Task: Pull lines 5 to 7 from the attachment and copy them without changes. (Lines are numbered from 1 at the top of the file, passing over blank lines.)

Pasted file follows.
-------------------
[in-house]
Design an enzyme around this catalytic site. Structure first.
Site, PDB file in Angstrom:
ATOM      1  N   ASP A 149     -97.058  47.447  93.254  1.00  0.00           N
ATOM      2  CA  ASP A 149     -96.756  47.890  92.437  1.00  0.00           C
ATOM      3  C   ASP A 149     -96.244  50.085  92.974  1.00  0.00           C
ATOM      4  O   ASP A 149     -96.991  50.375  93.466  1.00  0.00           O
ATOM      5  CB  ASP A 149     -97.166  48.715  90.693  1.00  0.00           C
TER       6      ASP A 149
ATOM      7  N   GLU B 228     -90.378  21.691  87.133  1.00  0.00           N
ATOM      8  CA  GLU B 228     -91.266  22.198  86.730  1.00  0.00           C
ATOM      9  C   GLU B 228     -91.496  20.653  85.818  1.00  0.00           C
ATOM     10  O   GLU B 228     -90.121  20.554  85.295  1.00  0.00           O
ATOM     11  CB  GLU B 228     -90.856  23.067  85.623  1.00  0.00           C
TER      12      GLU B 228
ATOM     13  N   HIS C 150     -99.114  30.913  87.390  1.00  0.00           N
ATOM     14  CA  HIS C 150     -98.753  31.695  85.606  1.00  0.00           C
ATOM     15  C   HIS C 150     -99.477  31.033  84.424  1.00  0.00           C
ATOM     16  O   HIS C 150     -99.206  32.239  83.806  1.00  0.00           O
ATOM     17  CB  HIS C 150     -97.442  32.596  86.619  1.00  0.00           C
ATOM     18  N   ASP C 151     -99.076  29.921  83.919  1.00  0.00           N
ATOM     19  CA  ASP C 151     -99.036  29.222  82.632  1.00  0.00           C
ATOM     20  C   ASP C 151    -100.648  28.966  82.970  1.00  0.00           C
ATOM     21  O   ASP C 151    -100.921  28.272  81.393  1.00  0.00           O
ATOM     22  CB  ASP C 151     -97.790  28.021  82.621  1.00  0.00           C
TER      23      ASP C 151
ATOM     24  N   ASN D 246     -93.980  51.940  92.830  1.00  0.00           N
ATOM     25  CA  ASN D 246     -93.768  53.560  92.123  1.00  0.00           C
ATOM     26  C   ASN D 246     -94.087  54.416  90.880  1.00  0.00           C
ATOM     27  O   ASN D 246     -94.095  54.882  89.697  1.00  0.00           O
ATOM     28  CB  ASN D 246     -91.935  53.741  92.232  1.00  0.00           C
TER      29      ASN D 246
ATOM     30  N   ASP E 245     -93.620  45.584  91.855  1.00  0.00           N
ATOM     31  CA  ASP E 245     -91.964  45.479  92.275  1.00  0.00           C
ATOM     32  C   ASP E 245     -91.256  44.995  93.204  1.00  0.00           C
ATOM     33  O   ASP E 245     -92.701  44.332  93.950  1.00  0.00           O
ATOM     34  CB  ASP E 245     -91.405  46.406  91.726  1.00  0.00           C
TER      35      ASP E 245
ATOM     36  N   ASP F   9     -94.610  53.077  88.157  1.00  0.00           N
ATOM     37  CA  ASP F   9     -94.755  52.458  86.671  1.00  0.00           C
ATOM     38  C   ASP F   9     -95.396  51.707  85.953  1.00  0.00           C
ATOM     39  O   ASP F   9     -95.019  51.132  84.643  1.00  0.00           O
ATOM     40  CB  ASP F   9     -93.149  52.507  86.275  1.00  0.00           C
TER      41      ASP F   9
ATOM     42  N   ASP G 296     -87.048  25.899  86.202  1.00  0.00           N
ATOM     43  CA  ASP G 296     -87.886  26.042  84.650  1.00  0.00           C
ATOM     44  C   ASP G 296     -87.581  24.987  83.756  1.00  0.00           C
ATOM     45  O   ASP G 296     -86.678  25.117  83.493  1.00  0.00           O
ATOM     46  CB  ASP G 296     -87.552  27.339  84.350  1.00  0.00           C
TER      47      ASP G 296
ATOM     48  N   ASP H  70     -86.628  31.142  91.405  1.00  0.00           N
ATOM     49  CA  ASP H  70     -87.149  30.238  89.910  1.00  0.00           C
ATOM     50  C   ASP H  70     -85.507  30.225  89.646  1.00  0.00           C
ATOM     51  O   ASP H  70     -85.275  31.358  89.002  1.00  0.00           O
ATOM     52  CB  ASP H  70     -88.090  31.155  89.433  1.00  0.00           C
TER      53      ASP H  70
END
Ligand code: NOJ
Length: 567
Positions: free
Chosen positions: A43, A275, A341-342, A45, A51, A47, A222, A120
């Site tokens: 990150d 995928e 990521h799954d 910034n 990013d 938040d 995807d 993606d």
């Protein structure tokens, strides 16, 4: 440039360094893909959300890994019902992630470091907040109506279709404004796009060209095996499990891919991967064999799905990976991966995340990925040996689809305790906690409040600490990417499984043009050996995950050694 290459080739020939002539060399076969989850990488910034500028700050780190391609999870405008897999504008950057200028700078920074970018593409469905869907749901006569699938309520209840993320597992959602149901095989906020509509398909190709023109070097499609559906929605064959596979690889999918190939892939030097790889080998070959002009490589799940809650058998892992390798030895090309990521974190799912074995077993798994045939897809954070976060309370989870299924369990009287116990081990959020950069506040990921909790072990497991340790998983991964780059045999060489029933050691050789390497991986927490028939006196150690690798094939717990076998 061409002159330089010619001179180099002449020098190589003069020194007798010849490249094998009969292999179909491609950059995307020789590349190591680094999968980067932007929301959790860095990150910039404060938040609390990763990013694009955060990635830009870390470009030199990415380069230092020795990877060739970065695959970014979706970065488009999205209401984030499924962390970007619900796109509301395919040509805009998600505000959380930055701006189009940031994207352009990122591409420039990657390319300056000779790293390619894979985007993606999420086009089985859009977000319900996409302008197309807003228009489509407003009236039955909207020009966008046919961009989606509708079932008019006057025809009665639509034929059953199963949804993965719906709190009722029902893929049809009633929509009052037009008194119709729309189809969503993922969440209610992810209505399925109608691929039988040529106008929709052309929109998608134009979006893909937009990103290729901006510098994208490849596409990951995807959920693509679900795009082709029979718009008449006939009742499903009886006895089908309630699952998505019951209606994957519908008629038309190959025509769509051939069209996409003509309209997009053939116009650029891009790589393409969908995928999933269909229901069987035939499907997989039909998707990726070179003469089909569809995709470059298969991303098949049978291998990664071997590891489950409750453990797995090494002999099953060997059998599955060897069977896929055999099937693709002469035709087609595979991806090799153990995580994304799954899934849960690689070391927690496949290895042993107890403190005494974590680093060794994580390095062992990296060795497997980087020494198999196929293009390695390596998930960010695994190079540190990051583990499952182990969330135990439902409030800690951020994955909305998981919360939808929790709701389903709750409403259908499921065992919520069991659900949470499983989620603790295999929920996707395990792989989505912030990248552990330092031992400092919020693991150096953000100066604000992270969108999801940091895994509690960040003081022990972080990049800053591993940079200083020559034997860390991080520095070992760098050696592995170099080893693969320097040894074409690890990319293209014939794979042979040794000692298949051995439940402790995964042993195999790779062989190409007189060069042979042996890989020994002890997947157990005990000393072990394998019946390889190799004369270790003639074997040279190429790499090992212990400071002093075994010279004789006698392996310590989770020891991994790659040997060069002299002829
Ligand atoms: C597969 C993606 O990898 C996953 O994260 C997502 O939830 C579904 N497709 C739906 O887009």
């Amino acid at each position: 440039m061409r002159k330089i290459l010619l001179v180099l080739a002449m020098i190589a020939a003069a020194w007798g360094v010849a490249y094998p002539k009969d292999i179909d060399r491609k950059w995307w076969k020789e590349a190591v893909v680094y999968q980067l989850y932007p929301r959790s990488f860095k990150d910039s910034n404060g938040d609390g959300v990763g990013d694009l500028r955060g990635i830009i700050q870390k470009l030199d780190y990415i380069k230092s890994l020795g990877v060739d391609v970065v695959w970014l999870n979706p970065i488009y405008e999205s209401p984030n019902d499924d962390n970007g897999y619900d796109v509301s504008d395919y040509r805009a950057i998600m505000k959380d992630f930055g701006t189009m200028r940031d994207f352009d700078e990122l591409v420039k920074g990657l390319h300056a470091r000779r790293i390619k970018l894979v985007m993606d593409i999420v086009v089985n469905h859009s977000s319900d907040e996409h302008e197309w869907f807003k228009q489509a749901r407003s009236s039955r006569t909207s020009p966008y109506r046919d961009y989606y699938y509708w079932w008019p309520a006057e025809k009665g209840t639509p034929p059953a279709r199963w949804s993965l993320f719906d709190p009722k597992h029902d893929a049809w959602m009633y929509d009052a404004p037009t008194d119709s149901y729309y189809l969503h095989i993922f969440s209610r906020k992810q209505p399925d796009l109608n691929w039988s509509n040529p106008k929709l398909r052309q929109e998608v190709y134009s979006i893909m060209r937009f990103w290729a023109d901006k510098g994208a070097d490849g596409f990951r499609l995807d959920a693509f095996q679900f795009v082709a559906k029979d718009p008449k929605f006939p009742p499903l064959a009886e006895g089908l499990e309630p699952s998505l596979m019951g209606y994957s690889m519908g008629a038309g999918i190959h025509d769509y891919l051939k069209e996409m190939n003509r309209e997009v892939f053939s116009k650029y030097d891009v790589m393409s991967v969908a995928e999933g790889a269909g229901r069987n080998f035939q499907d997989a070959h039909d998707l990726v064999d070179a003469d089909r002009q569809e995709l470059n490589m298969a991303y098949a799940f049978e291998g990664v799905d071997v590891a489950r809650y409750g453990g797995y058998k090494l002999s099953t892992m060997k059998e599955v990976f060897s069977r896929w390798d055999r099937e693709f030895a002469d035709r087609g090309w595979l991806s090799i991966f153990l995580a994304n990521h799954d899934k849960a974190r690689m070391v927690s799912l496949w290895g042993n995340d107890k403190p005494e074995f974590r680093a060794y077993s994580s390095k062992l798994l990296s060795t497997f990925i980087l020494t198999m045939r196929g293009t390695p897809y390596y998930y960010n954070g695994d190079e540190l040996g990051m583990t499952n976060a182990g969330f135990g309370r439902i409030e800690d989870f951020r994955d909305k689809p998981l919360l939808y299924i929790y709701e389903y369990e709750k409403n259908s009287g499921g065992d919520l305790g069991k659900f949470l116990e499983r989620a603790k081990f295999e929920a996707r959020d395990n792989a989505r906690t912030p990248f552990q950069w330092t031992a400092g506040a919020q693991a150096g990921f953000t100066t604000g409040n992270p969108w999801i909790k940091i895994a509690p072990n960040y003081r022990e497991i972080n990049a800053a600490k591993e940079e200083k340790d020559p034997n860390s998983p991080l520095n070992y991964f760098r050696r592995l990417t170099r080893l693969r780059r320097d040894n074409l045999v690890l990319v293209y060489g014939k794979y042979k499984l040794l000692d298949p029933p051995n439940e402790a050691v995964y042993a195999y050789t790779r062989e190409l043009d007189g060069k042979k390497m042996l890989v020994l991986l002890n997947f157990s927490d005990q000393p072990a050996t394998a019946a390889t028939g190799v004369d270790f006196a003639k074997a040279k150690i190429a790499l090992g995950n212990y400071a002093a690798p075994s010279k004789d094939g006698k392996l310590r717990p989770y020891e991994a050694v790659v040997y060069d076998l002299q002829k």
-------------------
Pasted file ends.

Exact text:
ATOM      2  CA  ASP A 149     -96.756  47.890  92.437  1.00  0.00           C
ATOM      3  C   ASP A 149     -96.244  50.085  92.974  1.00  0.00           C
ATOM      4  O   ASP A 149     -96.991  50.375  93.466  1.00  0.00           O